New Kid on the Block
New Kid on the Block. A review of Tim Cumming, Etruscan Miniatures (Pitt Street Poetry)
The first thing that strikes one about this slim chapbook of twelve poems and six images are the obviously high production values of Pitt Street Poetry, the most welcome new poetry publishing kid on the block. This is a chapbook small as a breviary that looks good and, at least as importantly, feels good in the hand, a unifying pleasure for eye, hand and mind. The whole thing is done in smooth off-white-to-beige paper (the colour of the universe as the latest science asserts) and feels almost as good as a velvet skin.
En passant, I would argue that this pleasure can never happen on a screen or an e-reader, with that infernal glass between you and the world of the text and the text of the world, that such a high quality of printed product is an old value of sensory wealth and pleasure that is worth preserving against the digital avalanche of screen worlds now increasingly colonizing our life-worlds, mostly with enthusiastic uptake and little critical reflexion on the potential costs in sensory diminishment and mental complexity (cf. Nick Carr, The Shallows). I am aware the PSP also publishes in digital formats, and, given market realities, who can blame them.
This is poetry to contemplate, not skim over while watching a DVD or your toddler. This is slow food of the mind, a small collection of miniatures of stars and watermelons and Umbrian landscapes and God, an illustrated book of hours, a poem for each new glass of red, each pause between a series of breaking waves or gusts of breeze.
The work is suffused with Tuscan wine, food and landscapes , here perhaps a little retro-impressionistically caught in Cumming’s own miniature paintings reproduced on the cover and within the volume.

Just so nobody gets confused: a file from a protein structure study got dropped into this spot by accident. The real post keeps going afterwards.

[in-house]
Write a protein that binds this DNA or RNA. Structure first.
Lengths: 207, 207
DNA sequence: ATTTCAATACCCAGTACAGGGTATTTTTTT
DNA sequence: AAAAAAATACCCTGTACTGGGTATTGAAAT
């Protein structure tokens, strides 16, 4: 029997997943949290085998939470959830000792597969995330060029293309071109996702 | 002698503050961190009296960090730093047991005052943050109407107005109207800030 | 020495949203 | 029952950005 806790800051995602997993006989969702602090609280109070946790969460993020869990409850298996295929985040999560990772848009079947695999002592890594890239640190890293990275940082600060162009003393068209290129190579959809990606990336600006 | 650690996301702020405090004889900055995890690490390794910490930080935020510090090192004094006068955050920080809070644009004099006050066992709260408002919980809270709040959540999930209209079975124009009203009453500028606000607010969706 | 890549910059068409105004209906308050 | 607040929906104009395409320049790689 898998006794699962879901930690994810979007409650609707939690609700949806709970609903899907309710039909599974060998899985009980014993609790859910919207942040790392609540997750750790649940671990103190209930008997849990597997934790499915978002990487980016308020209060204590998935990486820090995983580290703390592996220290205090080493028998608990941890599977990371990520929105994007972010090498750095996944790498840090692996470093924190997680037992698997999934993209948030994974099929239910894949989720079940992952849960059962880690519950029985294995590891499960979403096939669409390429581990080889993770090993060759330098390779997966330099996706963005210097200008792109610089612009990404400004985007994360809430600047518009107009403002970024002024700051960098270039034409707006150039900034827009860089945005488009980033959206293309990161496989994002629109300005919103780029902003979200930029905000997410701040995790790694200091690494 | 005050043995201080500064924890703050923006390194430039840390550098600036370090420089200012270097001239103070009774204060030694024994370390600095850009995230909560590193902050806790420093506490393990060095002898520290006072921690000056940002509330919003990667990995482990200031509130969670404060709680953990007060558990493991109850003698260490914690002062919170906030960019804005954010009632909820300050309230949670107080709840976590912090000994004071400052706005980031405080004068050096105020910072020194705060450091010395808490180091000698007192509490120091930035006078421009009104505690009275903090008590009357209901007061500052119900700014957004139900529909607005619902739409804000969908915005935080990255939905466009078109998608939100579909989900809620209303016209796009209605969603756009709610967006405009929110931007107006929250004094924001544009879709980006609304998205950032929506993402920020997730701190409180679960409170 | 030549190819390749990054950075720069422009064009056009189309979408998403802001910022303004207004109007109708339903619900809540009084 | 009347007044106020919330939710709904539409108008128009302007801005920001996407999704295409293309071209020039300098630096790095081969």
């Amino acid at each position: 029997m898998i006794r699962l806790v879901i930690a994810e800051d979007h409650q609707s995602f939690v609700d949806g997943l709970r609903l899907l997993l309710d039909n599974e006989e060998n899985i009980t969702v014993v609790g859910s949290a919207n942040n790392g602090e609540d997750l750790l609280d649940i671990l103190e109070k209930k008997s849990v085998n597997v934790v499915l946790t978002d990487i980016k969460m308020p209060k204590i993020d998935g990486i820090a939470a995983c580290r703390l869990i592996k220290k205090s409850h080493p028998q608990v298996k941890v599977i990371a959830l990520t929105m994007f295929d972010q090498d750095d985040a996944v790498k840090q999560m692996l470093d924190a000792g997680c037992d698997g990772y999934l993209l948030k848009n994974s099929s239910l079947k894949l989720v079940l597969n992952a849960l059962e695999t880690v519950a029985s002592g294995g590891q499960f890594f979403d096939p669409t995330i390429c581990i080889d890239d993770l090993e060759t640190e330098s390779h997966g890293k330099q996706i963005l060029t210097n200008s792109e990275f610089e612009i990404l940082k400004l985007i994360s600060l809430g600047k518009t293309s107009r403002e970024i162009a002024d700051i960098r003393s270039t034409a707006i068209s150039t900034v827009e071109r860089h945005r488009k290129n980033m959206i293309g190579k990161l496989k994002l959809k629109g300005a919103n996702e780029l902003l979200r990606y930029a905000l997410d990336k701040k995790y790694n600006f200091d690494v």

Most of the poems are in the painter’s eye, as it were, sensuous visual cascades describing the real or its artistic representations, and the blurring of the two:
The best pictures
are underlit, a blurred fire
flung against the dark
faces caught in the flash
of an image-making
paparazzi of mind,
and lapis lazuli,
a lighter trailing
a flare of gold over
moonbulbs of garlic
hung out to dry on
the south-facing wall
of Paulo’s farmhouse…
As in this poem, these visual cascades may end, perhaps with a certain inevitability, in the overtly, albeit here perhaps somewhat drunkenly overwrought (and/or not quite felicitously captured) sexual:
starred with quartz
and a Roman frieze
in milky marble,
the sexy buttocks
of a spear-carrying
centurion turning against
the writhing of the sun.
Ahem, not everyone’s cup of tea perhaps, but after all, there does seem to be a lot of drinking going on in many of these poems: ‘After lunch, the blossom of a young bottle/takes us bubbling to the Piazza Raphaelo…’ (‘Piazza Raphaelo’); ‘We’re staring up at Umbrian night sky/watching fast stars stir the drunken cranium’ (‘Fast Stars’)…
And personal relationships. There are memories suddenly looming of a magic mushroom-taking friend in London as in ‘Mushroom Robert’: ‘…crumpling hallucination/that swam through every mammal/like images on a closing fan’. There is a marriage negotiating its ‘next hairpin’ in ‘Watermelon’: ‘…this pen/following the next morning’s breeze/and our frescoed selves on/the slope through the trees’.
In its first main book series PSP has also published Jean Kent’s fascinating recherche du temps perdu Travelling with the Wrong Phrasebooks and two collections by John Foulcher, a reprint of his famous early work Light Pressure and his latest (ninth) collection The Sunset Assumption.
These covers are in a pleasant minimalism of all text in lower case, author in slightly larger font than the title, two colours (black and red), off-white, no images at all. All of which makes a visually appealing, elegant change from many messy and image-overloaded poetry book covers. For the lover of fine poetry books also produced with an eye to visual design and tactile pleasure, Pitt Street Poetry is obviously a new publisher to look out for. (Website on the Blogroll).